Burned building demolished
Published 12:00 am Thursday, August 31, 2000
Like mechanical dinosaurs, backhoes demolished what was remaining of Youngs Fashion yesterday after a fire destroyed the building Wednesday night.
Troy Fire Chief Ray Rhodes, Troy Mayor Jimmy Lunsford, Troy City Council member Johnny Witherington, the building inspector, and the state fire marshal made the decision to tear down the Youngs Fashion building after the fire marshal declared the building unsafe.
Hae Bok Chang of Montgomery owned the building.
"We have no idea right now as to what started the fire," Rhodes said. "We haven’t been able to get inside because it was so dangerous. Once the roof is down and there is no danger we will be able to get inside the building and try to find out what started it."
Rhodes said the Troy Fire Department received the call about 5:20 p.m. and the fire was "under control" about 9:30 p.m. Wednesday, but some of the firefighters stayed on the scene until about noon Thursday. Along with the Troy Fire Dept., Brundidge, Goshen, Spring Hill, Henderson, Meeksville, Ariton, Luverne, Marley Mill and Ozark Fire Departments and Sikorsky Support Services Inc. responded to the call.
"It was under control when we felt like it wouldn’t spread anymore," Rhodes said.
Firefighters were able to maintain control of the blaze and keep it from spreading to other buildings on the block just off the square in downtown Troy. Even though the fire was contained, other buildings on the block were damaged by smoke and water.
Earl Ellis, who owns several buildings on the block including Landmark Realty, said there was smoke and water damage to Landmark Realty, Ed’s Barber and Style Shop, Troy School of Dance, Victorian Heirlooms and Newman Distributors.
"Ed’s Barber and Style Shop is out of business until the damages are repaired," Ellis said. "I talked to Lanier this morning and he said he has plans to reopen. Windows were broken in Newman’s and there was a lot of smoke and water damage in the other buildings, but we already have people coming into get them cleaned up."
When the fire started Lanier Beasley (a.k.a the Wig Doctor) was cutting hair as usual at Ed’s Barber and Style Shop located below Landmark Realty, and didn’t realize the severity of the fire above him.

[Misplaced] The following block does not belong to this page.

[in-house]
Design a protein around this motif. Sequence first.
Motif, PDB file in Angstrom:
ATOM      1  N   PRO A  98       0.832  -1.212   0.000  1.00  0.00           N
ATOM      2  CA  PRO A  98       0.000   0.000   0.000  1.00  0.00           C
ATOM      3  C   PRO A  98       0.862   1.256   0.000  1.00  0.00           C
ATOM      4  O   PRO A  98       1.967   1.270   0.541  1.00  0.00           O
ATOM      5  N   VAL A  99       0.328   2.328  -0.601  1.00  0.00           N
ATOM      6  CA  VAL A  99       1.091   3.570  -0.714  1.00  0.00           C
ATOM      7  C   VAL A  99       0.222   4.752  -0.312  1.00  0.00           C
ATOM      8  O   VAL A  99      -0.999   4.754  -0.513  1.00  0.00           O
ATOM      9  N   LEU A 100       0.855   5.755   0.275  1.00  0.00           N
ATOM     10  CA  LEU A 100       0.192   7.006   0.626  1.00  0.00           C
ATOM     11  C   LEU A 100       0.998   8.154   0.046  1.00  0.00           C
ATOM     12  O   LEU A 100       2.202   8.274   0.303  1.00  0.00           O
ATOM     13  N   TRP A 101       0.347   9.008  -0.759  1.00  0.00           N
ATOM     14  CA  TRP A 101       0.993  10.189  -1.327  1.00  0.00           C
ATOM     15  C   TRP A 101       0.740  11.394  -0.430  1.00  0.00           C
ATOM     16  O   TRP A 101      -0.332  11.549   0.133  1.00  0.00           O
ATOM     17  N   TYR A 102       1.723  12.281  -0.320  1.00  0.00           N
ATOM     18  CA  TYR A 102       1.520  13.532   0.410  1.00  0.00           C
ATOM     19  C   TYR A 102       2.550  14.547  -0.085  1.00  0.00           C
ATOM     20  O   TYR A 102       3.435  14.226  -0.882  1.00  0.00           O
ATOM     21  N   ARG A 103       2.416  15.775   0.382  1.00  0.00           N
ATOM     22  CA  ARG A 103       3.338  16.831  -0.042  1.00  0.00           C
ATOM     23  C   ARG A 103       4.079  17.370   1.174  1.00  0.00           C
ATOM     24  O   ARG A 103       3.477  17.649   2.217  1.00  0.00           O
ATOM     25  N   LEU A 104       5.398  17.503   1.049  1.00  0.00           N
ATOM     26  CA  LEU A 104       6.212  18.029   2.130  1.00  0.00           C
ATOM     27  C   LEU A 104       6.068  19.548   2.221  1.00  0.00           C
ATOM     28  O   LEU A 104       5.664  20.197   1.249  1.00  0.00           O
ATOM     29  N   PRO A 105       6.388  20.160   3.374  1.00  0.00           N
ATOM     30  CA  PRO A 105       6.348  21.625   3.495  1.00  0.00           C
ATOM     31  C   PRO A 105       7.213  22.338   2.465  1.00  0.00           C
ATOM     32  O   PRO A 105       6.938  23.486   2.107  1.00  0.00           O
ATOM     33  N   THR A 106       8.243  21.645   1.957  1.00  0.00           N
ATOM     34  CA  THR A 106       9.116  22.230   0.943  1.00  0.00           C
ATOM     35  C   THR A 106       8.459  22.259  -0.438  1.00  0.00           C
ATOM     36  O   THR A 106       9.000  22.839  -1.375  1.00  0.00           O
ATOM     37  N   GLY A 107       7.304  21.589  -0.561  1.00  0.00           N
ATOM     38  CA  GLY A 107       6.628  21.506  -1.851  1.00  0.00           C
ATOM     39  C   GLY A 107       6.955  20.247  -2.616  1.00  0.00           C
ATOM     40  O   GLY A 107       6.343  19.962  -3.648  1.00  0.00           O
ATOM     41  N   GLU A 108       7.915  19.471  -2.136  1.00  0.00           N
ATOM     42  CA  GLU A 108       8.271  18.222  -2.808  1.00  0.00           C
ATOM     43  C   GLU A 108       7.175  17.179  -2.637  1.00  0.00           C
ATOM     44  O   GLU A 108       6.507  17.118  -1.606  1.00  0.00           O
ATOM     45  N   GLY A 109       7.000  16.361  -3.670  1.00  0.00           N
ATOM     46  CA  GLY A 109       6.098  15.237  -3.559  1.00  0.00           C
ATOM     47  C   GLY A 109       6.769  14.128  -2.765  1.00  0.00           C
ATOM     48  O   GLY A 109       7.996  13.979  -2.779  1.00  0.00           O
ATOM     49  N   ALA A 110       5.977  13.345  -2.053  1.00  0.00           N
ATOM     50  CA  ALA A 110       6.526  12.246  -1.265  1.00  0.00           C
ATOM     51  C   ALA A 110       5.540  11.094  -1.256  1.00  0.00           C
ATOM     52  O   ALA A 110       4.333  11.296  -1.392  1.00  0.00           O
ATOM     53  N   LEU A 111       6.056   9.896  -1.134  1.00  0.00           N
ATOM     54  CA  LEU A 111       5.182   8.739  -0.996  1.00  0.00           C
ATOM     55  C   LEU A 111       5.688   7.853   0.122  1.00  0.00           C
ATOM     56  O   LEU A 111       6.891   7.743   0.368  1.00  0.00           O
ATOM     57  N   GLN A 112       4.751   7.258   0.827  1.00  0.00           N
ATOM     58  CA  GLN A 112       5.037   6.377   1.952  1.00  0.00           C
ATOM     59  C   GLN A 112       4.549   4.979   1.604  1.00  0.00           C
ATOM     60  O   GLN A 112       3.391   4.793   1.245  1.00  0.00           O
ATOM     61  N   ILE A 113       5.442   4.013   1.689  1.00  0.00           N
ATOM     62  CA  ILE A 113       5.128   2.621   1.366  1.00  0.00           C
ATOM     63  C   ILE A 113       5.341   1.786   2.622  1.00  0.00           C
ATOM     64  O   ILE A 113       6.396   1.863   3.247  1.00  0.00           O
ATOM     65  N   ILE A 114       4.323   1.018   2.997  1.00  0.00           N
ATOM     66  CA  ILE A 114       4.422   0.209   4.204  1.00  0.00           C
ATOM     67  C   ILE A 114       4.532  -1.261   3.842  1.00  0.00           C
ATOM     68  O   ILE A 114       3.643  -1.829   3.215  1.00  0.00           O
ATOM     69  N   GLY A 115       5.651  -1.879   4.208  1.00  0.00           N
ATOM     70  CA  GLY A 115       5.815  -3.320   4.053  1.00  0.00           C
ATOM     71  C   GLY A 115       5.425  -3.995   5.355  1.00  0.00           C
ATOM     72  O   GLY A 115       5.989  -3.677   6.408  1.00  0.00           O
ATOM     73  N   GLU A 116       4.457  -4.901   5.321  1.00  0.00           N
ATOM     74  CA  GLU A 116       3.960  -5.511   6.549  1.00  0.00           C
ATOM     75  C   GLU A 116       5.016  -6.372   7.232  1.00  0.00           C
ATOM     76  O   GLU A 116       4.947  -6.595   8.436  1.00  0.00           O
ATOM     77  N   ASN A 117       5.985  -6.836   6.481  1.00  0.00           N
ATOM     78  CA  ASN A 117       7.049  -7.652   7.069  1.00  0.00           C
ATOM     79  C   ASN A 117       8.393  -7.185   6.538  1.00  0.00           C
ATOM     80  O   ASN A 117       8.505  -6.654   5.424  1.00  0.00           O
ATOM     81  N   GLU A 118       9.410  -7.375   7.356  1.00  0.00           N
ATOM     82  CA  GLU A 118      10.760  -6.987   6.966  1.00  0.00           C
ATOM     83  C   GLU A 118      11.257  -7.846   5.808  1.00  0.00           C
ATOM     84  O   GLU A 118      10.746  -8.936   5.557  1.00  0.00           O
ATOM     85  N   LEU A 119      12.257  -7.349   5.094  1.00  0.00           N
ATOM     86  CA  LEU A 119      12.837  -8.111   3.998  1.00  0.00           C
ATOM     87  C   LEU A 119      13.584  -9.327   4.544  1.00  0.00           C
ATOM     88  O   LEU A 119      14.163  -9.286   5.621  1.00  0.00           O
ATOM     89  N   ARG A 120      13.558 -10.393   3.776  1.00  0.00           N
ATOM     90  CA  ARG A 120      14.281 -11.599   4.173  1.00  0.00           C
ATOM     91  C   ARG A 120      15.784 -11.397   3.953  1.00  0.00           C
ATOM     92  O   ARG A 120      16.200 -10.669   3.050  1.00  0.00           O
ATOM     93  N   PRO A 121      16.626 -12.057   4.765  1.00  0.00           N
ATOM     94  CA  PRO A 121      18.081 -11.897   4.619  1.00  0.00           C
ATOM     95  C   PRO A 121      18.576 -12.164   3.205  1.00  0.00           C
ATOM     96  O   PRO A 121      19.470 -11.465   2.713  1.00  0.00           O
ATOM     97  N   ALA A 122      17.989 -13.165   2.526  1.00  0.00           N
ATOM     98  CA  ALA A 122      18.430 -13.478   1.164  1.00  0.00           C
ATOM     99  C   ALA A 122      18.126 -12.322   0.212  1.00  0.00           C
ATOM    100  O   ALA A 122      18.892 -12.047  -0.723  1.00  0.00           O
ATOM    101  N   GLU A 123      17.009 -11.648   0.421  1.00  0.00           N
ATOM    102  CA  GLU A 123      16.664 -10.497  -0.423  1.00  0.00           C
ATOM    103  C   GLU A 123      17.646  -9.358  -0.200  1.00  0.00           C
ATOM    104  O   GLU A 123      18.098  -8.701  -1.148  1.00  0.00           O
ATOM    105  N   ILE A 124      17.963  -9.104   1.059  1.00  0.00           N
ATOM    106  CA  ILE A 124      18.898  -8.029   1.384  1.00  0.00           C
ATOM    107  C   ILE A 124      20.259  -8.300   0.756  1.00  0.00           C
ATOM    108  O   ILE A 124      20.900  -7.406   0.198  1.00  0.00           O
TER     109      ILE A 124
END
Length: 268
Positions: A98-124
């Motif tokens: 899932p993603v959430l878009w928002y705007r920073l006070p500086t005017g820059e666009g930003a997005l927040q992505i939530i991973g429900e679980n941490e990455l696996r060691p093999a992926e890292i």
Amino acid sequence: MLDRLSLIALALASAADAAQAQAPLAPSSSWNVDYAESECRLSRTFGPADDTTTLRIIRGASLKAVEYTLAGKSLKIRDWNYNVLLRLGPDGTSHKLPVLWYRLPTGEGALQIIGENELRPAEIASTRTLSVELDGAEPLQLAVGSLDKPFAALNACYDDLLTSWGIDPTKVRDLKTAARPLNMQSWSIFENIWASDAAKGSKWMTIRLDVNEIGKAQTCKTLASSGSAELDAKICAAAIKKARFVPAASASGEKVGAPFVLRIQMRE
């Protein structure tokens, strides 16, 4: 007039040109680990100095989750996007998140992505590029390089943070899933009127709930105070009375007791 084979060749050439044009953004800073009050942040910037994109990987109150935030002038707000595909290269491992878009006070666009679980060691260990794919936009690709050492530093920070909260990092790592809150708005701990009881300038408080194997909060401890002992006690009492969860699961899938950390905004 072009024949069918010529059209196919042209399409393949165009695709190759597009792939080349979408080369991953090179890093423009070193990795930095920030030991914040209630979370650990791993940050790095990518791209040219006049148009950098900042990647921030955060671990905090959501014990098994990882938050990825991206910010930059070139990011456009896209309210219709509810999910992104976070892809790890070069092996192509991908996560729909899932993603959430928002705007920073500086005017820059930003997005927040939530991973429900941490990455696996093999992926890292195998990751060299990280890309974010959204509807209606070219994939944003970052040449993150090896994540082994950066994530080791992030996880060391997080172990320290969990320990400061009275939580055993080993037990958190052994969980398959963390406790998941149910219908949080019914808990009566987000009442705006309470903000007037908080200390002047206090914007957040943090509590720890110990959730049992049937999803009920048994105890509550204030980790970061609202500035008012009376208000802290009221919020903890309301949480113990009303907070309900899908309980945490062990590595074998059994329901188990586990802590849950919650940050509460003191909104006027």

"One of the Wise boys kept yelling down to me to get out that there was a fire," Beasley said. "I asked him if the fire department was here and he said yes and I figured I was okay. I had late appointments as usual and was cutting Chris Booker’s hair. I kept cutting until my feet started getting soggy, and I told Chris ‘after I finish trimming your wig, I think we ought to get out of here,’ and he agreed."
Although Beasley is out of the barbering business in Troy for a while, he said he will be working a few days a week in Luverne.
"I just hope I don’t get lazy," he said. "I haven’t had a vacation since 1976 so I guess this is a good time for one."
Water was knee-deep in Ed’s Barber and Style Shop, and when Beasley began moving items out of the building most of the water had been pumped out. He said all of the tile would probably have to be replaced, but it could have been worse.
"The fire departments did a wonderful job," Beasley said. "I’d rather have a lot of water than have ashes."
Troy Mayor Jimmy Lunsford echoed Beasley’s compliments of the fire departments that responded to the fire.
"The fire departments did a wonderful job," Lunsford said. "All of the volunteer fire departments in the area and Sikorsky responded. It is a great accomplishment that we are not looking at the entire block being demolished today, and it is because of the efforts of the firefighters to keep it from spreading."
Lunsford not only complimented the fire departments, but the community as well for pulling together during a crisis.
"There were lines of local people helping businesses get clothes and other items out of Victorian Heirlooms, the jewelry store and the attorney’s office," he said. "It was good to see the community come together."
The fire is under investigation by the Troy Police Department and the State Fire Marshall.